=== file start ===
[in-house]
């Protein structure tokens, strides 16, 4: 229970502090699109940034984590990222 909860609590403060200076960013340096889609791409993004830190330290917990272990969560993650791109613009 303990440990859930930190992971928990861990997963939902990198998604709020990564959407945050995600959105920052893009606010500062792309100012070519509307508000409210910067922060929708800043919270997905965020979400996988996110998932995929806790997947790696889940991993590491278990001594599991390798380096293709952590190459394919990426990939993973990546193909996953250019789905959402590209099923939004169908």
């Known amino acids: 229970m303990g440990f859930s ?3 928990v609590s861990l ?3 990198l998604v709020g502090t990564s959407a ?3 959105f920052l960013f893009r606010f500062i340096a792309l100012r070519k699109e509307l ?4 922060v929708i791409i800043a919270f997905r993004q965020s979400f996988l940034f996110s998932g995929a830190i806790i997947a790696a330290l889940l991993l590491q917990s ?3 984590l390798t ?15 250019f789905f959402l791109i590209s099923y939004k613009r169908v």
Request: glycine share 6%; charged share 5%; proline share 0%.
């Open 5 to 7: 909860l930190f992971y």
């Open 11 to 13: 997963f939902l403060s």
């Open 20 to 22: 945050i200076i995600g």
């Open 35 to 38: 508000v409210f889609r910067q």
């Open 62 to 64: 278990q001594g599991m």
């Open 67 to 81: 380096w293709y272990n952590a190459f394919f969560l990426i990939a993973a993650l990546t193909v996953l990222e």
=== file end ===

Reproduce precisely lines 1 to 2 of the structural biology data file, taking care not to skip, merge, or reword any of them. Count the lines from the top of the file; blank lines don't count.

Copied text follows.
[in-house]
């Protein structure tokens, strides 16, 4: 229970502090699109940034984590990222 909860609590403060200076960013340096889609791409993004830190330290917990272990969560993650791109613009 303990440990859930930190992971928990861990997963939902990198998604709020990564959407945050995600959105920052893009606010500062792309100012070519509307508000409210910067922060929708800043919270997905965020979400996988996110998932995929806790997947790696889940991993590491278990001594599991390798380096293709952590190459394919990426990939993973990546193909996953250019789905959402590209099923939004169908």